Interview with Ashley Nixon, Ph.D., SPHR: Tips for finding your ideal self

What are the challenges people face when attempted to identify their
ideal selves?

Biggest challenge – Making themselves do it. Most students tell me they resented having to go through the analysis, dreaded it, avoided it, but then were appreciative for the insights after they had finished. It is not necessarily natural or comfortable to be that introspective.  

What are some tools that can be used to help someone track their
progress towards this ideal self (e.g. vision boards, flow charts,

Whatever tools work! I’m a big advocate for doing something, and incrementally improving until you have a plan that works for you. Also, Re-doing the analysis every few years can help you identify and incorporate changes. 

I imagine there are some folks who would argue, “why do I need to find
my ideal self, I know who I am!”  How would you address an individual
in this category to help them see the importance of the exercise?

If you know who you are, then this should be an easy exercise! I tend to see more half-hearted analyses than verbal complaints about the exercise. That’s a bummer, I’d rather have the opportunity to help someone find a way to make the exercise valuable than to see it become a missed opportunity.  

Have you ever written about your ideal self?  Did it change the
direction you were headed?  Be that career changes, personal changes,
and/or any effect on interpersonal relationships?

Yes! I did mine several years (I should probably update it at some point, but I do reflect on it every time I teach LEAD). I found some of the exercises very challenging, others unexpectedly insightful. Completing it had a very positive impact on my career confidence. Particularly as a young faculty member, it was great to see results that supported my career choices. It has also been helpful when new opportunities arise – does this align with my ideal self? Does is augment what I’m currently doing, or does it detrack?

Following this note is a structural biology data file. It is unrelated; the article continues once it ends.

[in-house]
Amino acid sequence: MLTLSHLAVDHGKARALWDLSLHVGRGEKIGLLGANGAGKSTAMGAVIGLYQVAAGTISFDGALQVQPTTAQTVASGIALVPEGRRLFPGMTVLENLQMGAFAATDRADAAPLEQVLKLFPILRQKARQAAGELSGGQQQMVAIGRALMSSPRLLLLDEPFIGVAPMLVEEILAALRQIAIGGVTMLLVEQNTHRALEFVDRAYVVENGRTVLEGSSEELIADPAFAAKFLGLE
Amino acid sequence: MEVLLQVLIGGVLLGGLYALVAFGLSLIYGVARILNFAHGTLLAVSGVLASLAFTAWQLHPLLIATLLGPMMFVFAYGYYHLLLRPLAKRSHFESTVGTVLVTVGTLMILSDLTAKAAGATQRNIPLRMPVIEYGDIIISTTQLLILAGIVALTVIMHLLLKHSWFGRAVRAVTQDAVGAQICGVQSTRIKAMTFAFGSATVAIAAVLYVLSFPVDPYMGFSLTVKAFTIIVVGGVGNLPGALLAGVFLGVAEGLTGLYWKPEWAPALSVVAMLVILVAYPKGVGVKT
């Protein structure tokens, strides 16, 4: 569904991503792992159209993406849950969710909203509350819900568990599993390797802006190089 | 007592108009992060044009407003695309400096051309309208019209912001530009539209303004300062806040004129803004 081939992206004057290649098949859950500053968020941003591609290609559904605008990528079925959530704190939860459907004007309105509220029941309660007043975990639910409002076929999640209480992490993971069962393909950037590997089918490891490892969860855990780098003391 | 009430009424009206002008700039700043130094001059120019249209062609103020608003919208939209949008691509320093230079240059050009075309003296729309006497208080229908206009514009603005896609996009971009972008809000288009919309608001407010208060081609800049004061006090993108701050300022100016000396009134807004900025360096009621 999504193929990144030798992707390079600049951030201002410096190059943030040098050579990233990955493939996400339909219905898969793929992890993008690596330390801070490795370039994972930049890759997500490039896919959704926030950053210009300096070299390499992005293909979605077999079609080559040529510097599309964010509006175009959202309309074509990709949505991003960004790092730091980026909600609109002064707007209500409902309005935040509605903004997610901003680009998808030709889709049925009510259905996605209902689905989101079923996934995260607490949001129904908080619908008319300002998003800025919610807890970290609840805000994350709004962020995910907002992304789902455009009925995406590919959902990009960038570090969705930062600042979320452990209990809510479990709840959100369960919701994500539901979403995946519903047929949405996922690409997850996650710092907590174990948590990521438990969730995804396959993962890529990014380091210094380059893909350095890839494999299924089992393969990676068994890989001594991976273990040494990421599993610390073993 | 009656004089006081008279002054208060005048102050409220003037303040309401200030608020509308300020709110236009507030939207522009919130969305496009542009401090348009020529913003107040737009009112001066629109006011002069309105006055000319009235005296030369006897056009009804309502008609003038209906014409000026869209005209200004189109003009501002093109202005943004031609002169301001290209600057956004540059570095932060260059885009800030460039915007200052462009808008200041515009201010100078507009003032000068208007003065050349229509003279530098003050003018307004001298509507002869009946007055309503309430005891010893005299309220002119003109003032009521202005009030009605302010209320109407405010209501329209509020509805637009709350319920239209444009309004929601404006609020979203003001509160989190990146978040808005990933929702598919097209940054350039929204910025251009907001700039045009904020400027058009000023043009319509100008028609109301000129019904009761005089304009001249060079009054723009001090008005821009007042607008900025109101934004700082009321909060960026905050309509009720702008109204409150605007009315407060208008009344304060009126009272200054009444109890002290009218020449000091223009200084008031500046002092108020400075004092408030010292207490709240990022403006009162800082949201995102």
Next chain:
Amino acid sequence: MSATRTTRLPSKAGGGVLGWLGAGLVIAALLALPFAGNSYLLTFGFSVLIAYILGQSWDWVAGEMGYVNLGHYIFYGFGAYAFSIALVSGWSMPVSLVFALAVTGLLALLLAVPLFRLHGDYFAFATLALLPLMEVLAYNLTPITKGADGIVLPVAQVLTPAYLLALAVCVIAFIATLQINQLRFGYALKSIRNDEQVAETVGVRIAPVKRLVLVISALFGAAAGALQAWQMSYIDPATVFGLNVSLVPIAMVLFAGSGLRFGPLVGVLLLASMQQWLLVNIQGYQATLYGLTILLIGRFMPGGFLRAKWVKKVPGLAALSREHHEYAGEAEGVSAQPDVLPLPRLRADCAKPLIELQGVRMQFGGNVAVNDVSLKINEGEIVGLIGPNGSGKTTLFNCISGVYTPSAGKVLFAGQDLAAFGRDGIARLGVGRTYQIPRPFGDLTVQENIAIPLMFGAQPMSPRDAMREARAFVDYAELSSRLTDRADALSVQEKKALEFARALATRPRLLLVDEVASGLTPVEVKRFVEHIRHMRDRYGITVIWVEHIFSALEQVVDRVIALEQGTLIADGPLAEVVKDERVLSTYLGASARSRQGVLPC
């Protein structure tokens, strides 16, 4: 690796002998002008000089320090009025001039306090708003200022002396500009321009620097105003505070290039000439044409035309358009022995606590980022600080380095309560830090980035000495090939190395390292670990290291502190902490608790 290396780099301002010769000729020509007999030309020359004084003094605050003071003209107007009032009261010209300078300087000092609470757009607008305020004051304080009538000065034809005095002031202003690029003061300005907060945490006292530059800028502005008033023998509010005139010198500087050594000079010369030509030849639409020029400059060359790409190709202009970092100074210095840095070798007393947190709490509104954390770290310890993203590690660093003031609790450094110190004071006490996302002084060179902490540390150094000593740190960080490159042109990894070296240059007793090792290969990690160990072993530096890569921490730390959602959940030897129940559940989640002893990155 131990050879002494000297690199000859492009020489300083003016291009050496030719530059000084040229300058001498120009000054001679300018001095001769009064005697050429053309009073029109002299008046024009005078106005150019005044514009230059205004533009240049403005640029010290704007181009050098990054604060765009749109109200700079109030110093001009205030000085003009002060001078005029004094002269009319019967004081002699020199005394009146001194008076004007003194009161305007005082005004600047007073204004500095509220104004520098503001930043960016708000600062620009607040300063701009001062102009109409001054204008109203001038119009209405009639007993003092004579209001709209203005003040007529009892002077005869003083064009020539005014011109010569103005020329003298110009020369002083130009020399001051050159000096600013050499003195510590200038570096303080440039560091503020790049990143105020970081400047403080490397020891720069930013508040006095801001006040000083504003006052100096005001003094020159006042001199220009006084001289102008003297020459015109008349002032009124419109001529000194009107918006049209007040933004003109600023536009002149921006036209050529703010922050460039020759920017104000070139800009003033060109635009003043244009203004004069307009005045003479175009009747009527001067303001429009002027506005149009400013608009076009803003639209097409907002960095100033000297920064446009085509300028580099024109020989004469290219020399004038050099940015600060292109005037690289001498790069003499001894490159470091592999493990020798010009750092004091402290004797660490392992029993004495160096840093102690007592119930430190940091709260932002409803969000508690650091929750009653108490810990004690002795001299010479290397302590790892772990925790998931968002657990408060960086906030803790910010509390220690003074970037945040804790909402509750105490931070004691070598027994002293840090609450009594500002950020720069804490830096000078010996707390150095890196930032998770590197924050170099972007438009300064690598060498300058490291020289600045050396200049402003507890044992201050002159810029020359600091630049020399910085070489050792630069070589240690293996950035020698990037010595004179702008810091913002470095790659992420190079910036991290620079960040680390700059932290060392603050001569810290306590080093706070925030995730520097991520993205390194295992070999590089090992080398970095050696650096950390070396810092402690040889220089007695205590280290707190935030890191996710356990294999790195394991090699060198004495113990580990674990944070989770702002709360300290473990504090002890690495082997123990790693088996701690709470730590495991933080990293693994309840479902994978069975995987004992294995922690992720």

Is it ever too late to find your ideal self?

No – and it evolves as we do, so the joy and reward can be in the pursuit.  

Supposing there are long term goals that need to be worked towards,
how do you stay motivated in attaining your ideal self, are there any
tricks you can share?

One, long term goals always require short term goals so we can team an exciting visions with regular victories. Things that I try to do regularly: acknowledge and celebrate what I have accomplished (even if it’s not as much as I would have liked), be kind to myself when I fail to live up to my expectations (berating myself accomplishing nothing – concentrate on what to do differently next time), be okay with revisions (hopefully, we find new things in life to be passionate about as we experience it), and think about what I am grateful for and excited about everyday (you be surprise how much energy and joy this can create).

Lastly, any general advice you would share to those engaging, or
thinking of engaging, in an Ideal Self exercise?

Develop a purpose that is uniquely your own! Do the exercises, integrate them, and be accountable to someone for the analysis – the real rewards are in integrating those results into a full picture. Use that to come up with a development plan, so you can start taking small steps to get to where you want to be.

Ashley Nixon is an Associate Professor of Human Resource Management and Organizational Behavior at Atkinson Graduate School of Management. She teaches courses in human resources and organizational dynamics, HR principles and practices, training and development, and compensation and rewards.